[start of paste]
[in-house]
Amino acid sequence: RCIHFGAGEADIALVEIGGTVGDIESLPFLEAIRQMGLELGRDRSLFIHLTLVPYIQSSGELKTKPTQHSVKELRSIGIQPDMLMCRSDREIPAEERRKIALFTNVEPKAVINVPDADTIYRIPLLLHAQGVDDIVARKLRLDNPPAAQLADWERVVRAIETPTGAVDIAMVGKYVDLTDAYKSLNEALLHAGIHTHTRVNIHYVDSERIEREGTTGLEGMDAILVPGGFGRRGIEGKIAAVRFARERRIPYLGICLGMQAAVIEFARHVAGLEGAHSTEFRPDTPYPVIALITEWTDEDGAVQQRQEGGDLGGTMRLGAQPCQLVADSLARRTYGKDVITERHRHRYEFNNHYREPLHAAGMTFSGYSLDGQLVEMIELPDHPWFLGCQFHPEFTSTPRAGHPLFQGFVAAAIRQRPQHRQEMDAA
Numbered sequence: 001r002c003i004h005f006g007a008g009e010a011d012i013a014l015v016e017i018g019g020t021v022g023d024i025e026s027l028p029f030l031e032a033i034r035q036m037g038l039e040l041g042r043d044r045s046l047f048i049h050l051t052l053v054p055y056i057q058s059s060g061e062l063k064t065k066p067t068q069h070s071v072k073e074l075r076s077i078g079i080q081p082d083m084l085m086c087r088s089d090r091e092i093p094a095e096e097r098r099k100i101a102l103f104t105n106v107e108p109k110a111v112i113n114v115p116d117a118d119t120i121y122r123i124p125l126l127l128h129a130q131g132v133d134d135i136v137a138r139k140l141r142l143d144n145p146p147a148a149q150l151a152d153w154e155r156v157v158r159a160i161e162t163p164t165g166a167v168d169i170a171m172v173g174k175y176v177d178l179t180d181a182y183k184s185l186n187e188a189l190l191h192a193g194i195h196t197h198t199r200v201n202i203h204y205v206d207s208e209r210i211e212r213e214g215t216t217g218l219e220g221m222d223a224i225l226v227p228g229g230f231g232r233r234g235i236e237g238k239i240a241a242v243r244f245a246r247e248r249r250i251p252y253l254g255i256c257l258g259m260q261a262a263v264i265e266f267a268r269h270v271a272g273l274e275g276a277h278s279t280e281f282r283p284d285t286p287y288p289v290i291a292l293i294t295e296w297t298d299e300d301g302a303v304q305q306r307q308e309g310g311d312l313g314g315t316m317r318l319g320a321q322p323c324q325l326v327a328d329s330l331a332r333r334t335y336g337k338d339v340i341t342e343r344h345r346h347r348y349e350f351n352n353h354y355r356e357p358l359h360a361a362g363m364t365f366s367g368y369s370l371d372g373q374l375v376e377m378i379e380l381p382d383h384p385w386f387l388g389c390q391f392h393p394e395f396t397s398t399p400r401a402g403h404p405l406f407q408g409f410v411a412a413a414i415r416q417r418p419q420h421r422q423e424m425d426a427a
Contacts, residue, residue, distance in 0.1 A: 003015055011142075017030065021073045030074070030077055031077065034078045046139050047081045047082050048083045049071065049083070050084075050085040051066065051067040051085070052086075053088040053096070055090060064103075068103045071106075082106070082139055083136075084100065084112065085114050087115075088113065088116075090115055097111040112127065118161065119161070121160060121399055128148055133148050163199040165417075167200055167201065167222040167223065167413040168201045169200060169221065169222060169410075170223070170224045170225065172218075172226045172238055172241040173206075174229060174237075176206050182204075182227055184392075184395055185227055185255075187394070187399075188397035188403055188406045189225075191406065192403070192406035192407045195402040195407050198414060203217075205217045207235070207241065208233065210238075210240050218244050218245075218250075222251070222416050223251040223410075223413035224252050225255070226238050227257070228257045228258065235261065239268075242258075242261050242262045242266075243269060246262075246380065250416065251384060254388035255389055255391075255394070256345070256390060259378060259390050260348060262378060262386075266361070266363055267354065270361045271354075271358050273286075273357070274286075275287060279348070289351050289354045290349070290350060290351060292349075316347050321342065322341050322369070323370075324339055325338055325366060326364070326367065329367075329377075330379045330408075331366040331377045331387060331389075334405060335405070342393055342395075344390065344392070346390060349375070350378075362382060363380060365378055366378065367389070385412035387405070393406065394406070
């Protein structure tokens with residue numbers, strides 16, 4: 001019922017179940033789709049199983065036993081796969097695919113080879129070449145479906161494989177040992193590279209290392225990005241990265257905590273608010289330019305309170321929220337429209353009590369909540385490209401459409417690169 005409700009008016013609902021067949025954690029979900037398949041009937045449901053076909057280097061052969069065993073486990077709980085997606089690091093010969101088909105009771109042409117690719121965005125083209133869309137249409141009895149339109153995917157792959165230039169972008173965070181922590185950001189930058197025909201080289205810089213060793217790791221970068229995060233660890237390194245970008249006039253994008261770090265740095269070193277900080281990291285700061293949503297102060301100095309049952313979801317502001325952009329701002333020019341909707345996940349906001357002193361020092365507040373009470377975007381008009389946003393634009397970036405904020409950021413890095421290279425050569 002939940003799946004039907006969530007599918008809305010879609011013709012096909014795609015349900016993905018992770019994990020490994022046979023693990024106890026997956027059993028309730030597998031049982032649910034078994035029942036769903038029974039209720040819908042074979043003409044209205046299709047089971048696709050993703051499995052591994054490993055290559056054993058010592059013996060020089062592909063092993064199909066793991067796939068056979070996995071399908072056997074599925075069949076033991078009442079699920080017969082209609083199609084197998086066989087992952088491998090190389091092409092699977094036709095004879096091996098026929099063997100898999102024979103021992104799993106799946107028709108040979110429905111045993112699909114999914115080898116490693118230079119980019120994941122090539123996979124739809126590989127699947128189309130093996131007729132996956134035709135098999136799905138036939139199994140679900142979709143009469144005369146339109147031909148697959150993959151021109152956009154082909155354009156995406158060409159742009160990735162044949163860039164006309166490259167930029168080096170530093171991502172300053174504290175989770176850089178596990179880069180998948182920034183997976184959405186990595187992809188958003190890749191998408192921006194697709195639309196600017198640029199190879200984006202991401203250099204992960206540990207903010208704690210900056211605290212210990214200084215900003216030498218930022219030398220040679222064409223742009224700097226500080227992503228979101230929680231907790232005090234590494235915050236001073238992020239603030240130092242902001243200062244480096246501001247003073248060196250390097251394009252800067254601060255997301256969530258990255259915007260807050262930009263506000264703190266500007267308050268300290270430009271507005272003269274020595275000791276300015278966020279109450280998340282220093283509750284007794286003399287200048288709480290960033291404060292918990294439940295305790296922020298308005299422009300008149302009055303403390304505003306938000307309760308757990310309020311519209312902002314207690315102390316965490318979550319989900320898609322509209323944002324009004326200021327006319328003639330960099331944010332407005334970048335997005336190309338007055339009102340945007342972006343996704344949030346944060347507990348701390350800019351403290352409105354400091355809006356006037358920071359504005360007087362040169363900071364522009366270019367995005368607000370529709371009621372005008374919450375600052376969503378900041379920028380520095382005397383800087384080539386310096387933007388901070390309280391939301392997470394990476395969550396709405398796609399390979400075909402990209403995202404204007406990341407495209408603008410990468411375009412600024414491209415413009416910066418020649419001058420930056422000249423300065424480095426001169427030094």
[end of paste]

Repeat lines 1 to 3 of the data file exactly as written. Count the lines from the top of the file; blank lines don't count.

[in-house]
Amino acid sequence: RCIHFGAGEADIALVEIGGTVGDIESLPFLEAIRQMGLELGRDRSLFIHLTLVPYIQSSGELKTKPTQHSVKELRSIGIQPDMLMCRSDREIPAEERRKIALFTNVEPKAVINVPDADTIYRIPLLLHAQGVDDIVARKLRLDNPPAAQLADWERVVRAIETPTGAVDIAMVGKYVDLTDAYKSLNEALLHAGIHTHTRVNIHYVDSERIEREGTTGLEGMDAILVPGGFGRRGIEGKIAAVRFARERRIPYLGICLGMQAAVIEFARHVAGLEGAHSTEFRPDTPYPVIALITEWTDEDGAVQQRQEGGDLGGTMRLGAQPCQLVADSLARRTYGKDVITERHRHRYEFNNHYREPLHAAGMTFSGYSLDGQLVEMIELPDHPWFLGCQFHPEFTSTPRAGHPLFQGFVAAAIRQRPQHRQEMDAA
Numbered sequence: 001r002c003i004h005f006g007a008g009e010a011d012i013a014l015v016e017i018g019g020t021v022g023d024i025e026s027l028p029f030l031e032a033i034r035q036m037g038l039e040l041g042r043d044r045s046l047f048i049h050l051t052l053v054p055y056i057q058s059s060g061e062l063k064t065k066p067t068q069h070s071v072k073e074l075r076s077i078g079i080q081p082d083m084l085m086c087r088s089d090r091e092i093p094a095e096e097r098r099k100i101a102l103f104t105n106v107e108p109k110a111v112i113n114v115p116d117a118d119t120i121y122r123i124p125l126l127l128h129a130q131g132v133d134d135i136v137a138r139k140l141r142l143d144n145p146p147a148a149q150l151a152d153w154e155r156v157v158r159a160i161e162t163p164t165g166a167v168d169i170a171m172v173g174k175y176v177d178l179t180d181a182y183k184s185l186n187e188a189l190l191h192a193g194i195h196t197h198t199r200v201n202i203h204y205v206d207s208e209r210i211e212r213e214g215t216t217g218l219e220g221m222d223a224i225l226v227p228g229g230f231g232r233r234g235i236e237g238k239i240a241a242v243r244f245a246r247e248r249r250i251p252y253l254g255i256c257l258g259m260q261a262a263v264i265e266f267a268r269h270v271a272g273l274e275g276a277h278s279t280e281f282r283p284d285t286p287y288p289v290i291a292l293i294t295e296w297t298d299e300d301g302a303v304q305q306r307q308e309g310g311d312l313g314g315t316m317r318l319g320a321q322p323c324q325l326v327a328d329s330l331a332r333r334t335y336g337k338d339v340i341t342e343r344h345r346h347r348y349e350f351n352n353h354y355r356e357p358l359h360a361a362g363m364t365f366s367g368y369s370l371d372g373q374l375v376e377m378i379e380l381p382d383h384p385w386f387l388g389c390q391f392h393p394e395f396t397s398t399p400r401a402g403h404p405l406f407q408g409f410v411a412a413a414i415r416q417r418p419q420h421r422q423e424m425d426a427a